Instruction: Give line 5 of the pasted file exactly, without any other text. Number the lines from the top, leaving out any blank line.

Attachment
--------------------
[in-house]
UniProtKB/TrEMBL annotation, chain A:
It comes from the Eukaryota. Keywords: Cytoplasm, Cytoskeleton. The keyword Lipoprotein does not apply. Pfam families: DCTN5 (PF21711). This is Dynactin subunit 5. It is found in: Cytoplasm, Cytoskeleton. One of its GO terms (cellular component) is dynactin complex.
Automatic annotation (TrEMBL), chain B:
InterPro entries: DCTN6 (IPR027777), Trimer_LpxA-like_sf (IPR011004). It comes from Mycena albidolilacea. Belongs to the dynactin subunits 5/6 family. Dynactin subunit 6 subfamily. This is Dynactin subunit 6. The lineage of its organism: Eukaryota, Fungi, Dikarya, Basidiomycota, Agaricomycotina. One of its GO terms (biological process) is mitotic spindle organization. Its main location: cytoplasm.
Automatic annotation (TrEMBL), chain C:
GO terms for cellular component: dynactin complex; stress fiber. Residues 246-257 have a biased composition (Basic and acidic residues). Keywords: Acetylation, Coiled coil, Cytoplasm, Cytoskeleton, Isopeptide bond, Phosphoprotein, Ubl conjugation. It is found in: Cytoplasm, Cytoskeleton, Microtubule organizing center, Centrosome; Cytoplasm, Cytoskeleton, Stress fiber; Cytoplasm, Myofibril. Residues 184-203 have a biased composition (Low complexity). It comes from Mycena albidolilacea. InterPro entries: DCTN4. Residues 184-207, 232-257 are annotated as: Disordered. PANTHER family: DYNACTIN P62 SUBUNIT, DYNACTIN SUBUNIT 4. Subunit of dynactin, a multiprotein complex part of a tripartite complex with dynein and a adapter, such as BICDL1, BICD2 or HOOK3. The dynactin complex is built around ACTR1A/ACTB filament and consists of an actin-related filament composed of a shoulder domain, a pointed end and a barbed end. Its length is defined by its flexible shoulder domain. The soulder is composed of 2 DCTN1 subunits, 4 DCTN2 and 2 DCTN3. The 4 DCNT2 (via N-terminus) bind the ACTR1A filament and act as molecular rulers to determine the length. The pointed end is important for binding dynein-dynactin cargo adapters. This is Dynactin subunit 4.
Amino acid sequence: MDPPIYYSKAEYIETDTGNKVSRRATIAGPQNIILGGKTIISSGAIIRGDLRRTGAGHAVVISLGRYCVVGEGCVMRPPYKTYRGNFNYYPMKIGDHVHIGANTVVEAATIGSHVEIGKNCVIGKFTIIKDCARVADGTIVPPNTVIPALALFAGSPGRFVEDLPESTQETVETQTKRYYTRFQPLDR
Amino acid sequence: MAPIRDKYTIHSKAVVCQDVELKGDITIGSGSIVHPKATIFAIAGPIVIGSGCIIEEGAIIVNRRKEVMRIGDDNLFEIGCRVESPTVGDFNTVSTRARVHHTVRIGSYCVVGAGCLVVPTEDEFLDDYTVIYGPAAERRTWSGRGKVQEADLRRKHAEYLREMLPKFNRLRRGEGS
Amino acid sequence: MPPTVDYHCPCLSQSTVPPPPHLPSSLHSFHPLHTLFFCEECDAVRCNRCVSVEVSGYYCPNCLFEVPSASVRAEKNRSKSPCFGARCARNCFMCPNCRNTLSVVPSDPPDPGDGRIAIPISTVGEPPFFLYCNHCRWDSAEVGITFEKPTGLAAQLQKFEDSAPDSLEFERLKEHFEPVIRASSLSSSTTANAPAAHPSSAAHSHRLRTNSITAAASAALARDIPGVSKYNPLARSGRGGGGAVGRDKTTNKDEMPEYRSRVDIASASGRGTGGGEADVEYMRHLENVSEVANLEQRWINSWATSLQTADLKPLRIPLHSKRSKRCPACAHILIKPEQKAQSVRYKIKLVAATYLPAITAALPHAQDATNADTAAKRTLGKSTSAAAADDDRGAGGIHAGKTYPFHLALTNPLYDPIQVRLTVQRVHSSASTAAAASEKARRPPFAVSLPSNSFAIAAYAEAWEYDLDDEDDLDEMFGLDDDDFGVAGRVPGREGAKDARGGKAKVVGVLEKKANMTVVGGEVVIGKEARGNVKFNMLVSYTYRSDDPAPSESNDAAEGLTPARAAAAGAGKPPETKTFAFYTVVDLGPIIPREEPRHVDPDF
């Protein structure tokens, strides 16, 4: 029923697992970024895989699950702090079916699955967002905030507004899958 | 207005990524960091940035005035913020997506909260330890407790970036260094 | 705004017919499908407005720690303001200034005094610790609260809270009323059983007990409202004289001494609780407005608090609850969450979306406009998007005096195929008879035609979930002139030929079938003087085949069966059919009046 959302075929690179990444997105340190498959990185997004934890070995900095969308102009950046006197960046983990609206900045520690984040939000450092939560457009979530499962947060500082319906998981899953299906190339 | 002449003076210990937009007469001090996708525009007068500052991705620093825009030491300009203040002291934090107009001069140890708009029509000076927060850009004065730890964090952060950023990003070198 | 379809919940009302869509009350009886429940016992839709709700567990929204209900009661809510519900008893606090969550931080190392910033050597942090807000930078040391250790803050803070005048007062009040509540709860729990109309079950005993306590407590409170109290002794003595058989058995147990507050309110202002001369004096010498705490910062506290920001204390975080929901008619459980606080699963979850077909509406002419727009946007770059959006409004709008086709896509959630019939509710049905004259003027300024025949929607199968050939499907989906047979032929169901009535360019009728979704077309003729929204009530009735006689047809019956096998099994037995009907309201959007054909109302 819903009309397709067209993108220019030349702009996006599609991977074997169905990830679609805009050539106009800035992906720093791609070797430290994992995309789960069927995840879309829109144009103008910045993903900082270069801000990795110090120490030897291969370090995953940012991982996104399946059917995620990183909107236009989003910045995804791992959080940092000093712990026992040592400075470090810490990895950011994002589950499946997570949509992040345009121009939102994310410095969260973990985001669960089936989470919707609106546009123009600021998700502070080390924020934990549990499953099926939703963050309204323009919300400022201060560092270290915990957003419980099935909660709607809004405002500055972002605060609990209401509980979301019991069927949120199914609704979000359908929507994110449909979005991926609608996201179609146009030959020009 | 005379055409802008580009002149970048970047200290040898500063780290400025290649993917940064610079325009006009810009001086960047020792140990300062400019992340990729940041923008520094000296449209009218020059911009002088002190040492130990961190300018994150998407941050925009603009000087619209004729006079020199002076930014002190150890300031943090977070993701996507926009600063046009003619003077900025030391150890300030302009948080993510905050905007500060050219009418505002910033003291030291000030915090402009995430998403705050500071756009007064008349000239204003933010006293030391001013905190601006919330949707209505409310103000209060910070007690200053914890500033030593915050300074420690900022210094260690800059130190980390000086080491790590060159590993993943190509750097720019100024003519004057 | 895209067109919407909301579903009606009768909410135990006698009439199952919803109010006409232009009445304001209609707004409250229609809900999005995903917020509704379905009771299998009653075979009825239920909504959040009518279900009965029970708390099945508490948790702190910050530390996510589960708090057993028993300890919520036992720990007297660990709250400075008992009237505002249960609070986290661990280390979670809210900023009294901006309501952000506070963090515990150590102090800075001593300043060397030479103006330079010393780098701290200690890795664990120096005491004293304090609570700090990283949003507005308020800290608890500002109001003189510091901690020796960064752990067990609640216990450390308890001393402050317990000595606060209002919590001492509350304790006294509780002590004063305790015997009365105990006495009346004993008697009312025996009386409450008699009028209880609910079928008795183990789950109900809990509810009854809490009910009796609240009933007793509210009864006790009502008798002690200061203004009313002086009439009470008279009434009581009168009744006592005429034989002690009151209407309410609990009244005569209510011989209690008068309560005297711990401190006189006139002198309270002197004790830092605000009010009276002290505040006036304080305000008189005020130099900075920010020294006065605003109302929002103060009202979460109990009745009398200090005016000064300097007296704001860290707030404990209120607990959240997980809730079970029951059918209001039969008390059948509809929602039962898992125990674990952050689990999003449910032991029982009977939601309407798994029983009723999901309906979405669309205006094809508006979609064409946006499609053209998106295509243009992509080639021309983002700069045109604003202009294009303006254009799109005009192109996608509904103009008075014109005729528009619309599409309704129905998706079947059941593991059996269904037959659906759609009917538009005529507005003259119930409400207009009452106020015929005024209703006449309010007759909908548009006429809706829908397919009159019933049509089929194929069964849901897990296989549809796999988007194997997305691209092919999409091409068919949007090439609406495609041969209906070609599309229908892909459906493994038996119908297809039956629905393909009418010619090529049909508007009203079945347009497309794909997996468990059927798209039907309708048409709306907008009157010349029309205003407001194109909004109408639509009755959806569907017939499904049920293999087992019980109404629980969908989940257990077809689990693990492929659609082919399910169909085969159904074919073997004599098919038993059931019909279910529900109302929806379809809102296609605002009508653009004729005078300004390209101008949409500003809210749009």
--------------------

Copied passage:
InterPro entries: DCTN6 (IPR027777), Trimer_LpxA-like_sf (IPR011004). It comes from Mycena albidolilacea. Belongs to the dynactin subunits 5/6 family. Dynactin subunit 6 subfamily. This is Dynactin subunit 6. The lineage of its organism: Eukaryota, Fungi, Dikarya, Basidiomycota, Agaricomycotina. One of its GO terms (biological process) is mitotic spindle organization. Its main location: cytoplasm.